Christmas Reflection – December 27, 2009

These past couple of weeks, my wife, Lauren and I have been talking about the Advent and Christmas season and how funny it is that it is meant to be a time of quiet reflection and preparation. At church, so often during these two seasons, we talk and emphasize how important it is to slow down and reflect. Not only to celebrate Christmas, but to ponder what we are actually saying when we tell this Christmas story. But in all honesty, I think it can easily be our least reflective time of the year. We are busier this season than any other. And the problem is that we are busy with great things – holiday and Christmas concerts, a friend’s cookie baking party, making Christmas cards to send out, and gathering together as a family. But so rarely does it actually allow us to slow down and take pause.

As I reflect a little on what Christmas means for me, I hope it will provide you with a little bit of space to allow you to slow down and wonder about what Christmas means for you.

With all of this talk about Jesus being born, I’ve been thinking about the “firsts” that many children have. First steps, first tooth, first birthday, first words. And so I kept wondering, what were those things like for Jesus? Jesus’ first step, first tooth, first birthday. And what were Jesus’ first words? These words that we hold so dear, that we print in red ink in our Bibles – What were the first words that Jesus uttered?

For those of you who have children or have watched a child grow up, you know what an important and powerful moment it is when a child speaks for the first time. Family and friends are called to announce the event; the video camera is often pulled out as we coax the young child, “Say it again! Say it again” – and they likely stare back at us blankly and silent. When my wife Lauren spoke her first words, it was a particularly special moment. One day, when Lauren was about one and a half years old, she walked into the kitchen where her mom was, grabbed a fist full of jeans and gave a big tug. When Lauren’s mom turned towards her and said, “Yes, honey?” Lauren opens her mouth and speaks for the first time, by saying, “Guess what, Mom? 1, 2, 3, 4, 5, 6, 7, 8, 9, 10!” As if she had been preparing for months for this momentous event, Lauren’s first words were an inviting question and a successful demonstration of counting up to ten. First words are important. They are something we wait and hope for, and if they come, they are something we remember and share stories about them.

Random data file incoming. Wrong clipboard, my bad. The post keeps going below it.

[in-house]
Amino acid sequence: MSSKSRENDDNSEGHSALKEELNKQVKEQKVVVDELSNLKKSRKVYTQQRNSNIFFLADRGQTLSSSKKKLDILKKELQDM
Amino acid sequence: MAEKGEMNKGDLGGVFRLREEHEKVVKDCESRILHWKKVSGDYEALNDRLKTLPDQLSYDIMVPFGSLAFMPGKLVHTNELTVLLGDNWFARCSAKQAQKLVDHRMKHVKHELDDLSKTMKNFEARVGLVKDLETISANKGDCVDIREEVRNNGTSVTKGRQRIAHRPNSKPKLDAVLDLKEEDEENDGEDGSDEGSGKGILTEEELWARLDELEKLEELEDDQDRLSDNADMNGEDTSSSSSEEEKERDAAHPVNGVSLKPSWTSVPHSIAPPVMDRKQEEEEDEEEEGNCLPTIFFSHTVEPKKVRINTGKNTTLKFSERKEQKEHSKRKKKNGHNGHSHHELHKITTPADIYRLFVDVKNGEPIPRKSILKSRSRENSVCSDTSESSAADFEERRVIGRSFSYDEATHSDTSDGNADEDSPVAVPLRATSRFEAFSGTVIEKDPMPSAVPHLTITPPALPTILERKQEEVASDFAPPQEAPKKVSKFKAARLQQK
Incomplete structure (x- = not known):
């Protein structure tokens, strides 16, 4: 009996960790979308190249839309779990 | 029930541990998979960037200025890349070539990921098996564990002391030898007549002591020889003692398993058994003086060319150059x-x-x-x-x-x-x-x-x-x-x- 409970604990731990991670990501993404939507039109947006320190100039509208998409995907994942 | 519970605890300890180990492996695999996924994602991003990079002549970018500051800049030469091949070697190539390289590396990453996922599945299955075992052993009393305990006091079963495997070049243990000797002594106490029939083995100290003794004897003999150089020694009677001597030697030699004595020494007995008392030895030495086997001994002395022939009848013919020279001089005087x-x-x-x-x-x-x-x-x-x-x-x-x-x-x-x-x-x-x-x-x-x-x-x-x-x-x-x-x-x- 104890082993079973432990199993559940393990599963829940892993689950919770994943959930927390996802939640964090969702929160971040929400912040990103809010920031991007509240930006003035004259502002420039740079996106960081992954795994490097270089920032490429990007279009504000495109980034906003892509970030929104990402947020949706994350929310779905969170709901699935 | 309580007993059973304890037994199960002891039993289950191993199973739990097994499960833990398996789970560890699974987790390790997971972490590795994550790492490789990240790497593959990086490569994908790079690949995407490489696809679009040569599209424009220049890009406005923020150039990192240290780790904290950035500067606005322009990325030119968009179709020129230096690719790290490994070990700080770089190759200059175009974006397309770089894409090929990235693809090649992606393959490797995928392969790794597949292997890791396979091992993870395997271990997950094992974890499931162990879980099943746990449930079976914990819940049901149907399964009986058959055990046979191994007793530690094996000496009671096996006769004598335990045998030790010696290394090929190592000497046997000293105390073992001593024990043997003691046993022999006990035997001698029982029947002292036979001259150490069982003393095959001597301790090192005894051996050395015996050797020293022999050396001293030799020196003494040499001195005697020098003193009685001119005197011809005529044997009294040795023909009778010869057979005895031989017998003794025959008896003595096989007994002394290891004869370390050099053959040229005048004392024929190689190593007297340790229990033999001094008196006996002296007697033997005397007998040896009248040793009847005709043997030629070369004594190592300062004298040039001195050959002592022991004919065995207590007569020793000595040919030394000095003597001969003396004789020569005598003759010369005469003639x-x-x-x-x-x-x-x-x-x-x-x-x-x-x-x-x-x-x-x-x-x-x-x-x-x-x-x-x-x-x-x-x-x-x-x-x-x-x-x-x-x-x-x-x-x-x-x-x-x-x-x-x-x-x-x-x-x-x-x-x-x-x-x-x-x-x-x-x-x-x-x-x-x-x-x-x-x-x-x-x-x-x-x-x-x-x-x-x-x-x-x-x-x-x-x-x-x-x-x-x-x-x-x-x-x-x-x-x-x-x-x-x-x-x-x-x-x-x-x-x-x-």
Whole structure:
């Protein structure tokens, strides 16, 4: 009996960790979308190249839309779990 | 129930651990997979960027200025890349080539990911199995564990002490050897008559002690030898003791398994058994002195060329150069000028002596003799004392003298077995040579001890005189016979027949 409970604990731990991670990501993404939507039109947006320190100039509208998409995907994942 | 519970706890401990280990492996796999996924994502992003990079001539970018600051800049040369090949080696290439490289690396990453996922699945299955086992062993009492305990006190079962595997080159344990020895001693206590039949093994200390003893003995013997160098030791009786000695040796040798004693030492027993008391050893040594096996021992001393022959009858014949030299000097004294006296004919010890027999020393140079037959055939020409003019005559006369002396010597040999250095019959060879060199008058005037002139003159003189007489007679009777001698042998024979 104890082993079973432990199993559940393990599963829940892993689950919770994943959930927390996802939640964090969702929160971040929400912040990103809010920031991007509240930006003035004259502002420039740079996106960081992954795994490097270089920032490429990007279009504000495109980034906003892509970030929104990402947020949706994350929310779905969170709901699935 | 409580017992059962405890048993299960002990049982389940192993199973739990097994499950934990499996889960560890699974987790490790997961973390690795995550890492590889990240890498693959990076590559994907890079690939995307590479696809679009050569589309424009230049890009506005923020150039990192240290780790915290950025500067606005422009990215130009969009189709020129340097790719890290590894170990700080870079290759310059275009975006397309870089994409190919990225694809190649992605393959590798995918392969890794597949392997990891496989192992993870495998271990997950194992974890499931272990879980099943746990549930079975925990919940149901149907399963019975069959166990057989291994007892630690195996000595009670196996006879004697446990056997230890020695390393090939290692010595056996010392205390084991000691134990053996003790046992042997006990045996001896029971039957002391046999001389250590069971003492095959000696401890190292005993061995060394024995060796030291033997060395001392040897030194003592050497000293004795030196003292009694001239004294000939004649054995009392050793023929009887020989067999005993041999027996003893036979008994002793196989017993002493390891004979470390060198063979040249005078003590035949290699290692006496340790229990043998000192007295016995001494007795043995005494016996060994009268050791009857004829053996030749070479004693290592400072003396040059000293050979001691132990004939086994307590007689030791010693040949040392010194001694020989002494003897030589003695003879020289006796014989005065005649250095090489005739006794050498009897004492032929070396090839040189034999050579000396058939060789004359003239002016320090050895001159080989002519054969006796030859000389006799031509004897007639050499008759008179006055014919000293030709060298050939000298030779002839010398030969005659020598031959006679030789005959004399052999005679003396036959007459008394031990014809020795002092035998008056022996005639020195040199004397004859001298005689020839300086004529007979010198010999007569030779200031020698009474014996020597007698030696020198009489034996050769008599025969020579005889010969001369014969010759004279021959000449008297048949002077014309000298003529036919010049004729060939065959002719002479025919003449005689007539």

So what were the first words of Jesus? Unfortunately, we don’t know those first words of little one-and-a-half year old Jesus. But the first words of Jesus that we do get to eavesdrop on come from the gospel of Luke, when Jesus’ is 12 years old. As the story goes, Jesus is hanging out in the temple, while his parents have been frantically searching for him for days. Between Nazareth and Jerusalem, they have been fearfully looking for him. When they hear that he is in the temple, Mary bursts through the doors of the temple and scolds Jesus for having gone missing. At that moment, Jesus opens his mouth and speaks for the first time by saying, “Why have you been searching for me?” Twelve-year-old Jesus. Lost for three days. He does not say, “Mom, Dad! Thank God you found me. I’ve been so scared!” No, Jesus’ inaugural words, those first red letters in the gospel of Luke are, “Why have you been searching for me?” First words are important. They are something we wait and hope for. If they come, we remember them and share stories about them. So I believe the author of Luke’s gospel knew exactly what he was doing when he inked these words as the first to come out of Jesus’ mouth. These words were not meant just for Mary and Joseph, these words were meant for the reader of Luke’s gospel. When Jesus asks, “Why have you been searching for me?” the words leap off the page inviting the readers to stop and pause, to reflect for themselves, “Why have I been searching for Jesus?” And so as readers of Luke’s gospel, maybe these words are meant for you and I. Why have you been searching for Jesus? What are you searching for? What have you come seeking? We are on that bridge between the end of the past year and the beginning of a new year. What are you searching for in this new year?